Classification of an ocimum germplasm collection (NCRPIS, AMES) and investigation of antifungal activity

Oxenham, Senga K. (2003) Classification of an ocimum germplasm collection (NCRPIS, AMES) and investigation of antifungal activity. PhD thesis, University of Glasgow.

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The genus Ocimum belongs to the family Labiatae and is distributed worldwide, growing in the warmer parts of both hemispheres. It is an important genus with many medicinal, veterinary, pesticidal and culinary uses. The taxonomic classification of Ocimum is difficult and confusing. Accordingly, a joint effort began in 1999 between the PI Station at Ames, Iowa and SAC (Scottish Agricultural College) Auchincruive, Ayr to classify the Ocimum germplasm collection using classical morphological comparison coupled with chemotaxonomy (GC and GC-MS). Overall, fifty species of O. basilicum, thirteen O. americanum, seven O. tenuiflorum, three O. gratissimum and a single accession of O. selloi were characterised. Novel chemical profiles were discovered in the collection including O. americanum species containing up to 71% fenchone, 47% camphor and 30% limonene and a caryophyllene chemotype of O. tenuiflorum. Considering components ≥5%, limonene was restricted to accessions of O. americanum. Also, on examination of components ≥5%, several appeared to be species specific within this collection. High oil yields (up to 5%) were found in O. americanum species from Zambia. These yields are exceptional for plants of the genus Ocimum. Plants of O. basilicum were found to differ in phenotype while producing a similar chemical profile. Plants grown in both Iowa and the west of Scotland produced oil of almost identical quality and quantity. In contrast, O. americanum plants were phenotypically alike but produced an array of essential oil profiles. In addition, variation between essential oils from leaves and flowers of O. tenuiflorum was also found. Antifungal testing of selected O. basilicum oils and individual components demonstrated activity in vitro with concentrations as low as 2ppm, with methyl chavicol and linalol giving the largest reductions in fungal growth in vitro. In glasshouse experiments, good control of Botrytis fabae and Uromyces viciae-fabae infection of broad bean was also achieved with foliar application of selected Ocimum essential oils and individual chemical components. O. basilicum essential oils and individual components on polyamine biosynthesis, catabolism and excretion were investigated. As an initial approach to determining the mode of action of the essential oil of Ocimum basilicum, it was decided to study effects on fungal polyamine metabolism. Although test compounds did not significantly deplete intracellular levels of the major polyamines spermine, spermidine, putrecine and cadaverine, definite effects were seen on the activity of key biosynthetic and catabolic enzymes. This work provides, for the first time, a detailed chemotype analysis of the genus Ocimum and shows that the whole essential oil and some of its individual components possess fungicidal activity. With increasing interest in the use of plant essential oils as crop protection agents, the essential oil of Ocimum may provide a useful additional means of controlling plant pathogens.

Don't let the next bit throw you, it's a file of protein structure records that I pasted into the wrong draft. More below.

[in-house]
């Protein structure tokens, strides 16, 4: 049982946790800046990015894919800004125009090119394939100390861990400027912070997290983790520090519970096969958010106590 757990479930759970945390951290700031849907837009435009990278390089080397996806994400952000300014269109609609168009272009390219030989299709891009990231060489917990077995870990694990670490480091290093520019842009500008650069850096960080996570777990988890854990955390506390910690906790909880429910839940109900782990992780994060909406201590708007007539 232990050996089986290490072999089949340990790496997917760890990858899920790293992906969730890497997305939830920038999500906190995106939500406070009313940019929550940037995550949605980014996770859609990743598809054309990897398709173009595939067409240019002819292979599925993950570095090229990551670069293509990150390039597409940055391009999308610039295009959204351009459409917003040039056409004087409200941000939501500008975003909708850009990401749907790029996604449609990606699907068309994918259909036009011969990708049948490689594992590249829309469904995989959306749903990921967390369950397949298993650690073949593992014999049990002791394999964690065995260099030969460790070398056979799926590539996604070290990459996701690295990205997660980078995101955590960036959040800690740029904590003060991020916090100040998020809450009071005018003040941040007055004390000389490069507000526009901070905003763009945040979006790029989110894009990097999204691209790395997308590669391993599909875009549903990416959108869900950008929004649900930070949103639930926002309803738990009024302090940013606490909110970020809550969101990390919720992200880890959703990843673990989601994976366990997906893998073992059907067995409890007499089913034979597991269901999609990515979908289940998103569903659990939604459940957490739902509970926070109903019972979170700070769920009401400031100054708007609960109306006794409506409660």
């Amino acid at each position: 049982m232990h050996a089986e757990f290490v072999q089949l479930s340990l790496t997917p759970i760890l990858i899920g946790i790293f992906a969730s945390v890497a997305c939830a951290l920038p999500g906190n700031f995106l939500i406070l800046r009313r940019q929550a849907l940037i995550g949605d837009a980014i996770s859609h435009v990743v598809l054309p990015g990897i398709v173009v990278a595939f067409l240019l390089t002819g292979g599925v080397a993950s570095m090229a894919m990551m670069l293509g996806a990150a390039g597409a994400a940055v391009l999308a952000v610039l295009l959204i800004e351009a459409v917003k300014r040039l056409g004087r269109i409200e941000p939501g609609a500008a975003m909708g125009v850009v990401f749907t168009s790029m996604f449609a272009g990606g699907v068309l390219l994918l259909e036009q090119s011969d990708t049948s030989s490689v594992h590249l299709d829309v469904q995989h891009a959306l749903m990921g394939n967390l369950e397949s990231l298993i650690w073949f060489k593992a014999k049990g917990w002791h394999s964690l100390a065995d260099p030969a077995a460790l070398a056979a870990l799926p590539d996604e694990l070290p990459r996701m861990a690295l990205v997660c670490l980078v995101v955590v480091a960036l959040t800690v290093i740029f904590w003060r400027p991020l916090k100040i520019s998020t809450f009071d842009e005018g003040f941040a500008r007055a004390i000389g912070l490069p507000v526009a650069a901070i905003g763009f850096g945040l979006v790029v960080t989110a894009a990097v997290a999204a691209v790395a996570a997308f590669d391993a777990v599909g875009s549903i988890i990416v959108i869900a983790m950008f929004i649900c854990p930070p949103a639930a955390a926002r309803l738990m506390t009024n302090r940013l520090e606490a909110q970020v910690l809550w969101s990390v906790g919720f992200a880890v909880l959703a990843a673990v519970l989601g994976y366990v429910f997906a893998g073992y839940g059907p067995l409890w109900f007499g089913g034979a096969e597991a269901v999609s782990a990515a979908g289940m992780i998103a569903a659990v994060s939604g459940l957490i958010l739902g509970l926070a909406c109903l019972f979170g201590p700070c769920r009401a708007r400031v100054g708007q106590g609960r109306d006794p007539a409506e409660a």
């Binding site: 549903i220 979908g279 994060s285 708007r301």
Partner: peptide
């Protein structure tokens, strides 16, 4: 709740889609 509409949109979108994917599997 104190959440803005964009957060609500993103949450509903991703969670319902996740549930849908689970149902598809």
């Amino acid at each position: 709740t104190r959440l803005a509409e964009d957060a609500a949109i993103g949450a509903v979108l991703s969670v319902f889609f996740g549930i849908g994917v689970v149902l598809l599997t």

Item Type: Thesis (PhD)
Qualification Level: Doctoral
Keywords: Pharmacology.
Colleges/Schools: College of Medical Veterinary and Life Sciences
Supervisor's Name: Svoboda, Dr. Katja
Date of Award: 2003
Depositing User: Enlighten Team
Unique ID: glathesis:2003-71391
Copyright: Copyright of this thesis is held by the author.
Date Deposited: 10 May 2019 10:49
Last Modified: 10 Jun 2021 13:37

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